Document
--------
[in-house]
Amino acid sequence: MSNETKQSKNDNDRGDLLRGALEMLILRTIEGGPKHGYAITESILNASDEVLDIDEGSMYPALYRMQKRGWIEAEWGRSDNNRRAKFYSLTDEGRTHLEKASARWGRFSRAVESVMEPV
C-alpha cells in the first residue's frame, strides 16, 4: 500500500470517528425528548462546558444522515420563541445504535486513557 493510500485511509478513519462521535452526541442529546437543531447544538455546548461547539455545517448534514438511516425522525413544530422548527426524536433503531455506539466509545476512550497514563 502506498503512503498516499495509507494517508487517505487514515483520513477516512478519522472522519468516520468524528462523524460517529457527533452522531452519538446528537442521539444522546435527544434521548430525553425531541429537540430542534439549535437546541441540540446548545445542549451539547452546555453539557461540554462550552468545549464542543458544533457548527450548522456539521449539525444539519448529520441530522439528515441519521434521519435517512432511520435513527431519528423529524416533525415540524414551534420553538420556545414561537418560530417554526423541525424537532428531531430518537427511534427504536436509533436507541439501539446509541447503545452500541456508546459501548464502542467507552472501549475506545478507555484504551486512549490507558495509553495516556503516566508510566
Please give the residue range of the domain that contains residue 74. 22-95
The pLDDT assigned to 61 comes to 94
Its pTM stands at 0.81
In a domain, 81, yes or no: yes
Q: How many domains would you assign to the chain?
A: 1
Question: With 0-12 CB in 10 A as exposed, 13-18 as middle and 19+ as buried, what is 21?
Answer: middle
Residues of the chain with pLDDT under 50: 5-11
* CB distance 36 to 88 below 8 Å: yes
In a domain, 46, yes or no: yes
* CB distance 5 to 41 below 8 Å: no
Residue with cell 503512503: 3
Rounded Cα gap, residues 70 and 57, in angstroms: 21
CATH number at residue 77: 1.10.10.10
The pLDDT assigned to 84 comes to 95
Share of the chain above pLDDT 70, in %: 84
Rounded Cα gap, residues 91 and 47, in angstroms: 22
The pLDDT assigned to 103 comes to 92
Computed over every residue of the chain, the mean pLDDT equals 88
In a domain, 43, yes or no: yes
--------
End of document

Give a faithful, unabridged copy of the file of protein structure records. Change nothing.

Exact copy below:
[in-house]
Amino acid sequence: MSNETKQSKNDNDRGDLLRGALEMLILRTIEGGPKHGYAITESILNASDEVLDIDEGSMYPALYRMQKRGWIEAEWGRSDNNRRAKFYSLTDEGRTHLEKASARWGRFSRAVESVMEPV
C-alpha cells in the first residue's frame, strides 16, 4: 500500500470517528425528548462546558444522515420563541445504535486513557 493510500485511509478513519462521535452526541442529546437543531447544538455546548461547539455545517448534514438511516425522525413544530422548527426524536433503531455506539466509545476512550497514563 502506498503512503498516499495509507494517508487517505487514515483520513477516512478519522472522519468516520468524528462523524460517529457527533452522531452519538446528537442521539444522546435527544434521548430525553425531541429537540430542534439549535437546541441540540446548545445542549451539547452546555453539557461540554462550552468545549464542543458544533457548527450548522456539521449539525444539519448529520441530522439528515441519521434521519435517512432511520435513527431519528423529524416533525415540524414551534420553538420556545414561537418560530417554526423541525424537532428531531430518537427511534427504536436509533436507541439501539446509541447503545452500541456508546459501548464502542467507552472501549475506545478507555484504551486512549490507558495509553495516556503516566508510566
Please give the residue range of the domain that contains residue 74. 22-95
The pLDDT assigned to 61 comes to 94
Its pTM stands at 0.81
In a domain, 81, yes or no: yes
Q: How many domains would you assign to the chain?
A: 1
Question: With 0-12 CB in 10 A as exposed, 13-18 as middle and 19+ as buried, what is 21?
Answer: middle
Residues of the chain with pLDDT under 50: 5-11
* CB distance 36 to 88 below 8 Å: yes
In a domain, 46, yes or no: yes
* CB distance 5 to 41 below 8 Å: no
Residue with cell 503512503: 3
Rounded Cα gap, residues 70 and 57, in angstroms: 21
CATH number at residue 77: 1.10.10.10
The pLDDT assigned to 84 comes to 95
Share of the chain above pLDDT 70, in %: 84
Rounded Cα gap, residues 91 and 47, in angstroms: 22
The pLDDT assigned to 103 comes to 92
Computed over every residue of the chain, the mean pLDDT equals 88
In a domain, 43, yes or no: yes